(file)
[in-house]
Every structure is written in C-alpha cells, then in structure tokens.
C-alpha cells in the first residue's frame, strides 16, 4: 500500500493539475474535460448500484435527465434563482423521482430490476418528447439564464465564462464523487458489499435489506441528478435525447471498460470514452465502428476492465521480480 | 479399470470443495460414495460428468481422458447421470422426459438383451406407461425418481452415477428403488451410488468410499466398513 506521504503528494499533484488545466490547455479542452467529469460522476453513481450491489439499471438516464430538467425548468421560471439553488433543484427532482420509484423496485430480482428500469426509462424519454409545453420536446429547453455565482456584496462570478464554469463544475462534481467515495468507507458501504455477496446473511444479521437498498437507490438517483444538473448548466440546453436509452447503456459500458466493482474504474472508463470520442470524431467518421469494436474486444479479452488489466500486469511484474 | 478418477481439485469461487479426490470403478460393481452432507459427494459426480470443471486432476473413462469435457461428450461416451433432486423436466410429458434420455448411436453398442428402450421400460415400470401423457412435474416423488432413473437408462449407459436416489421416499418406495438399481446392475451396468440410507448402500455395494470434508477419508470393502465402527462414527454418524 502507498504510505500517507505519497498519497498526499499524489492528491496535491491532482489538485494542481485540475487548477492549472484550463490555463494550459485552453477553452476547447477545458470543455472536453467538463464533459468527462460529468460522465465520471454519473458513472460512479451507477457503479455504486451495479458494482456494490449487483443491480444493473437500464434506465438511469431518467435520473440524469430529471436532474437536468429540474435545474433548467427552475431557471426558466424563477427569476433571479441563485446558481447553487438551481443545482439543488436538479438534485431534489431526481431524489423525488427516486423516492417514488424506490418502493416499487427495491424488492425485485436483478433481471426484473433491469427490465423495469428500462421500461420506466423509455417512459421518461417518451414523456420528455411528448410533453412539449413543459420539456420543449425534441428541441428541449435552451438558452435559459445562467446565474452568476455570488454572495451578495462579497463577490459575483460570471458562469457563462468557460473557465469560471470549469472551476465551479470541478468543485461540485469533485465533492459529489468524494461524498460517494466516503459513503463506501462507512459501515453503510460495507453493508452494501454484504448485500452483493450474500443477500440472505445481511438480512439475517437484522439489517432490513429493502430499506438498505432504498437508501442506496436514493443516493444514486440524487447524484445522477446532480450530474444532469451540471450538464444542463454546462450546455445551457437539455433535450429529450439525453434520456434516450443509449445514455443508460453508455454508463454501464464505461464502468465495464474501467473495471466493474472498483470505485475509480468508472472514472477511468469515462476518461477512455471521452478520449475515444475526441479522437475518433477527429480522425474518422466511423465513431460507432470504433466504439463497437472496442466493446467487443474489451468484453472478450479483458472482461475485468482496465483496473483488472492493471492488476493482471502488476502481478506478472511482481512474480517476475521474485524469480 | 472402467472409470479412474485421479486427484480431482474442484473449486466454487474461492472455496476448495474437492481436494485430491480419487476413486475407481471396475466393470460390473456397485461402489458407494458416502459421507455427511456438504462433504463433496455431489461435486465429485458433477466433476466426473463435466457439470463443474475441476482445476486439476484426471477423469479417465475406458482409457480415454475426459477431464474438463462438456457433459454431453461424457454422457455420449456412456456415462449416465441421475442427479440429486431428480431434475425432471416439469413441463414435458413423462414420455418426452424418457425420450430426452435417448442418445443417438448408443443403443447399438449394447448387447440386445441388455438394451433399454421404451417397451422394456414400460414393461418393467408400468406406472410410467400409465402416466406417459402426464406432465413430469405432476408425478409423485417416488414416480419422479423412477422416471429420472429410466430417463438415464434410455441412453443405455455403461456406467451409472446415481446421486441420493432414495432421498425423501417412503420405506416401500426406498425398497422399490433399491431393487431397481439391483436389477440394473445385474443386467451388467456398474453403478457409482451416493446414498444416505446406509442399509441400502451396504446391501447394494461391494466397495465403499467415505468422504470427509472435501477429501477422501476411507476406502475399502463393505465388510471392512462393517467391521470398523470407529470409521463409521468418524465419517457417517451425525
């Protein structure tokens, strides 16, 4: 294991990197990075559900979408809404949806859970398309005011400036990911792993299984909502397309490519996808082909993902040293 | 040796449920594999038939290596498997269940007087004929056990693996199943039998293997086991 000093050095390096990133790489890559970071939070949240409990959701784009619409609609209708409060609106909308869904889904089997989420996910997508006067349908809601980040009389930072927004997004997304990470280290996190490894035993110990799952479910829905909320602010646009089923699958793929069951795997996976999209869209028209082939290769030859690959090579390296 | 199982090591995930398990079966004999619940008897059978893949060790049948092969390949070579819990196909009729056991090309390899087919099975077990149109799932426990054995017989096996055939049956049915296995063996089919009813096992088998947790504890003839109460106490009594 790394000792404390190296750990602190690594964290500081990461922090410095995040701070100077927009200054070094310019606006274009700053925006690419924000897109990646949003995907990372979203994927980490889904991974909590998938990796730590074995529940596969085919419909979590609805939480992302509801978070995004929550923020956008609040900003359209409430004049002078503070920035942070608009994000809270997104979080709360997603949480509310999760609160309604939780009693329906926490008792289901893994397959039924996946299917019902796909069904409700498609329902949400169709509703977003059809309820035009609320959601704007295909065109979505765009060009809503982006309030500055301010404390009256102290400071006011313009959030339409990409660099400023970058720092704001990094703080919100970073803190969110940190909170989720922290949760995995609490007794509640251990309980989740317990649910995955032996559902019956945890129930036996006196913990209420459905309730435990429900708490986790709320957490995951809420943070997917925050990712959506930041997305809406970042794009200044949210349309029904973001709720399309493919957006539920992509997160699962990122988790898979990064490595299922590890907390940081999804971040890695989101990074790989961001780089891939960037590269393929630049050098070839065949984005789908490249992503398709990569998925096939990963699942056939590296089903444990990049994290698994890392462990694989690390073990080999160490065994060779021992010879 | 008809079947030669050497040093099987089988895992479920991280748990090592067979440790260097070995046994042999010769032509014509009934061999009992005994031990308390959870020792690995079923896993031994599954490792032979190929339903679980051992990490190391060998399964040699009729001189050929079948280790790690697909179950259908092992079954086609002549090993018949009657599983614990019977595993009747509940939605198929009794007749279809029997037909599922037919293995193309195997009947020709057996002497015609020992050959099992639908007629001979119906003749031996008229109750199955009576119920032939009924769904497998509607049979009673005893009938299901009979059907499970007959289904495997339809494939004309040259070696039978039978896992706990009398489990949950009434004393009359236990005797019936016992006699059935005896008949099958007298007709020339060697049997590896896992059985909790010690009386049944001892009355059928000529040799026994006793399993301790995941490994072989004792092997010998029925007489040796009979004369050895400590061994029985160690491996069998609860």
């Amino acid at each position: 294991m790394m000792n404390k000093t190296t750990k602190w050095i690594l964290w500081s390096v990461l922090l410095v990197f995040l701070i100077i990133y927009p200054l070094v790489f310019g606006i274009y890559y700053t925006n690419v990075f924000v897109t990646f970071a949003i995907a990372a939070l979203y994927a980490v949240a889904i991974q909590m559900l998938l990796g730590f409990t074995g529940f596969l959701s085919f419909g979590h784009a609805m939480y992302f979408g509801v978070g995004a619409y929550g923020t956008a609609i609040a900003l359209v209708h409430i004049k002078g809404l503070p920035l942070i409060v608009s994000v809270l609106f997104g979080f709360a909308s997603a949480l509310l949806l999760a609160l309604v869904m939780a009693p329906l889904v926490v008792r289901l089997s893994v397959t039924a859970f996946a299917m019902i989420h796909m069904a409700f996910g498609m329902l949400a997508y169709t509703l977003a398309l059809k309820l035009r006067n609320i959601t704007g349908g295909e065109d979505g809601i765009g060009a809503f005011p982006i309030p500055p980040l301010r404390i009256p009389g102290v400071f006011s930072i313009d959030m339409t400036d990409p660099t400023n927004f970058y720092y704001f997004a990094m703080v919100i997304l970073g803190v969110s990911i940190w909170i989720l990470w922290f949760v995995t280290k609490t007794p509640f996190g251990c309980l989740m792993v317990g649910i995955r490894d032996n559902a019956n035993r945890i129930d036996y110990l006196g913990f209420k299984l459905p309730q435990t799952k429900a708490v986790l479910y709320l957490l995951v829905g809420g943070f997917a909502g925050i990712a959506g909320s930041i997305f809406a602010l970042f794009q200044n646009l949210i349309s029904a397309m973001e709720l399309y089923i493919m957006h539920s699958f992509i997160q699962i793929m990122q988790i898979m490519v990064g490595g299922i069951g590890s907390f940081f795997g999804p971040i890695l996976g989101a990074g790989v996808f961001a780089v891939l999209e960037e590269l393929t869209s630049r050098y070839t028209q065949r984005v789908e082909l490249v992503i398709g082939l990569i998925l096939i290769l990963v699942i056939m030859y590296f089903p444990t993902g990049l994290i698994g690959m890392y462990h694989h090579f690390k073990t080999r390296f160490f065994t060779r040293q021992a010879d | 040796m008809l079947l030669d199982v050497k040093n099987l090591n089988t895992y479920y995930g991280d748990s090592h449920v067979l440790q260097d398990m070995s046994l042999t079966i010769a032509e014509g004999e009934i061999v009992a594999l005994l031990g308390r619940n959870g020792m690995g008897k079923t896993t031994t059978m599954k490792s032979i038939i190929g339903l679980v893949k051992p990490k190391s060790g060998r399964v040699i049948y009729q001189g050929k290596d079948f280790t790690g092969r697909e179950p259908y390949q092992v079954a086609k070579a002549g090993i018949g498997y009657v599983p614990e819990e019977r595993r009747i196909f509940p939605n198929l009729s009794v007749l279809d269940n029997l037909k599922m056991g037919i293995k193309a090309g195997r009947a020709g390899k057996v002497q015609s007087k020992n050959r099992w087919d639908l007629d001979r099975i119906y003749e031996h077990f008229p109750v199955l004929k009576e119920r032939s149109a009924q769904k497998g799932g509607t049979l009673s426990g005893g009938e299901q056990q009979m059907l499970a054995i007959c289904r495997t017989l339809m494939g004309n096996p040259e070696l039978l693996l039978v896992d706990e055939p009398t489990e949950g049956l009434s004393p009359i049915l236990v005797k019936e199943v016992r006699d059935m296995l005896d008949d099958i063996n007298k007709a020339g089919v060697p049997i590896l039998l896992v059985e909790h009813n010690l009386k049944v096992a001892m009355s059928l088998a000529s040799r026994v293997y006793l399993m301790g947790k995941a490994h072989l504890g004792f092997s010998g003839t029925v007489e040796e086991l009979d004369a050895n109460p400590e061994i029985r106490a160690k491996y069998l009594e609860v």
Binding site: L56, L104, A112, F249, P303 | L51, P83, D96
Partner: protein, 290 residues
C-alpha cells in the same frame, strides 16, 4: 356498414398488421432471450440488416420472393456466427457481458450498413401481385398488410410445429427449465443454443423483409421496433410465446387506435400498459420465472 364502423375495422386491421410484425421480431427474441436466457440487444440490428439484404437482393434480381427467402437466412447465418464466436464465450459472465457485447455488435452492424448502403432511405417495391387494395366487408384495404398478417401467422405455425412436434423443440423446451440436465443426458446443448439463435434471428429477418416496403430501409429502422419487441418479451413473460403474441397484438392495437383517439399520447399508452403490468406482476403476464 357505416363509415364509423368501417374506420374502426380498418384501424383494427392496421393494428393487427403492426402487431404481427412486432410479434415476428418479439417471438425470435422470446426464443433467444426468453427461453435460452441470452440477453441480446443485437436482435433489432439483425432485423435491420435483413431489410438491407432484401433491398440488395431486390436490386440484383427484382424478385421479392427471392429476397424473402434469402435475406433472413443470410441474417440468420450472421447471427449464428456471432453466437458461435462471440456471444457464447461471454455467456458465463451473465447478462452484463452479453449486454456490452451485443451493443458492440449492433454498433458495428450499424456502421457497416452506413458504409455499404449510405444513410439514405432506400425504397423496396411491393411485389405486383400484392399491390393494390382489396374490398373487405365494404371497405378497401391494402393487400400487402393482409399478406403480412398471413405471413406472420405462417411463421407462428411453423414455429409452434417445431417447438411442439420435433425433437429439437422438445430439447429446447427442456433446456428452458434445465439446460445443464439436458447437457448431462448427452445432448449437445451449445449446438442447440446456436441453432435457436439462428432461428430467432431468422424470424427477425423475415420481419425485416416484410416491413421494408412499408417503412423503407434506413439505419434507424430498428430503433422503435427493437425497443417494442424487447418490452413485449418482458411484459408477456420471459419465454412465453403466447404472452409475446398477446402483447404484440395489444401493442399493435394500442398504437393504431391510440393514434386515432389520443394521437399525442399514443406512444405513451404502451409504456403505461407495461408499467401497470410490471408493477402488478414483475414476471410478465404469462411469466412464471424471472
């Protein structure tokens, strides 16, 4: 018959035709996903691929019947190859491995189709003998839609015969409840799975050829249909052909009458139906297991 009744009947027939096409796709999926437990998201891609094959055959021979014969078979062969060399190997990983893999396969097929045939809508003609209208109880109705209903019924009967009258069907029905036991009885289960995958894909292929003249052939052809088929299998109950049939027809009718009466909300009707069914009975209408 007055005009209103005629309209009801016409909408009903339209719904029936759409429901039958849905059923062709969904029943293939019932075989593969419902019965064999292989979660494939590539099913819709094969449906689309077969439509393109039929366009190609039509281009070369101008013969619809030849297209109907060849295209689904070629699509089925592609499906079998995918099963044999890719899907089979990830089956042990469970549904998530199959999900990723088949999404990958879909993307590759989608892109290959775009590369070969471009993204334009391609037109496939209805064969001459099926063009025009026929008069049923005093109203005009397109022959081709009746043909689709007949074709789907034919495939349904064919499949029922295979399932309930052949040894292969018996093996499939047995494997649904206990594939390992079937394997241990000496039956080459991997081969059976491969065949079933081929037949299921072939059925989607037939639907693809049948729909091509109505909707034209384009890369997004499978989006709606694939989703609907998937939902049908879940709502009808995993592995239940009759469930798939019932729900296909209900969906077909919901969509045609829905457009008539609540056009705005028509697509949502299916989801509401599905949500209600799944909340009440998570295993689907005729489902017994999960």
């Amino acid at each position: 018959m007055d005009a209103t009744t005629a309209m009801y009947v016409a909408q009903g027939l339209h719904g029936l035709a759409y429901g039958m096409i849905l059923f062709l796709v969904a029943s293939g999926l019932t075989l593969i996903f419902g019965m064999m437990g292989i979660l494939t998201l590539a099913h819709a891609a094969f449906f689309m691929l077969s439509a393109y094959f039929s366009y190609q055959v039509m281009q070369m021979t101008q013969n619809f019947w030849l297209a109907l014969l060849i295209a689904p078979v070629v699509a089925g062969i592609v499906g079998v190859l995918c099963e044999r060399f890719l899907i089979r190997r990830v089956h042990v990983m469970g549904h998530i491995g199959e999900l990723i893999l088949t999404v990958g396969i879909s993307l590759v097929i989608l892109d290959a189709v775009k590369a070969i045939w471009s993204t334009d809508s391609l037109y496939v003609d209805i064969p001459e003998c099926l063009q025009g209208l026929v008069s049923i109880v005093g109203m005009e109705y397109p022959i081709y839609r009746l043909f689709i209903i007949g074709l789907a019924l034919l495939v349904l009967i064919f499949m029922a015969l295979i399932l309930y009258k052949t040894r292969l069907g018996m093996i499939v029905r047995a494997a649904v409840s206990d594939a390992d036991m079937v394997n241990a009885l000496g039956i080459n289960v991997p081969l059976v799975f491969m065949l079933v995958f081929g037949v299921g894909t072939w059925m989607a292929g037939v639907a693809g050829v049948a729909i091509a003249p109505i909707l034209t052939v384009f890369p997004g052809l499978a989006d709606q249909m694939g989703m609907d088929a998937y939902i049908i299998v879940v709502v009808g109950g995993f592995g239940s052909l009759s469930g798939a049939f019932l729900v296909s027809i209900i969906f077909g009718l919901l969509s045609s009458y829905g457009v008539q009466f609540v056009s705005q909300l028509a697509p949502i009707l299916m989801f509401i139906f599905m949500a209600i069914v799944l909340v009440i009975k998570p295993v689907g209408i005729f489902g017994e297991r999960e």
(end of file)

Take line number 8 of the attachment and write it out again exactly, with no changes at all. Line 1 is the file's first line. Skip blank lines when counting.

C-alpha cells in the same frame, strides 16, 4: 356498414398488421432471450440488416420472393456466427457481458450498413401481385398488410410445429427449465443454443423483409421496433410465446387506435400498459420465472 364502423375495422386491421410484425421480431427474441436466457440487444440490428439484404437482393434480381427467402437466412447465418464466436464465450459472465457485447455488435452492424448502403432511405417495391387494395366487408384495404398478417401467422405455425412436434423443440423446451440436465443426458446443448439463435434471428429477418416496403430501409429502422419487441418479451413473460403474441397484438392495437383517439399520447399508452403490468406482476403476464 357505416363509415364509423368501417374506420374502426380498418384501424383494427392496421393494428393487427403492426402487431404481427412486432410479434415476428418479439417471438425470435422470446426464443433467444426468453427461453435460452441470452440477453441480446443485437436482435433489432439483425432485423435491420435483413431489410438491407432484401433491398440488395431486390436490386440484383427484382424478385421479392427471392429476397424473402434469402435475406433472413443470410441474417440468420450472421447471427449464428456471432453466437458461435462471440456471444457464447461471454455467456458465463451473465447478462452484463452479453449486454456490452451485443451493443458492440449492433454498433458495428450499424456502421457497416452506413458504409455499404449510405444513410439514405432506400425504397423496396411491393411485389405486383400484392399491390393494390382489396374490398373487405365494404371497405378497401391494402393487400400487402393482409399478406403480412398471413405471413406472420405462417411463421407462428411453423414455429409452434417445431417447438411442439420435433425433437429439437422438445430439447429446447427442456433446456428452458434445465439446460445443464439436458447437457448431462448427452445432448449437445451449445449446438442447440446456436441453432435457436439462428432461428430467432431468422424470424427477425423475415420481419425485416416484410416491413421494408412499408417503412423503407434506413439505419434507424430498428430503433422503435427493437425497443417494442424487447418490452413485449418482458411484459408477456420471459419465454412465453403466447404472452409475446398477446402483447404484440395489444401493442399493435394500442398504437393504431391510440393514434386515432389520443394521437399525442399514443406512444405513451404502451409504456403505461407495461408499467401497470410490471408493477402488478414483475414476471410478465404469462411469466412464471424471472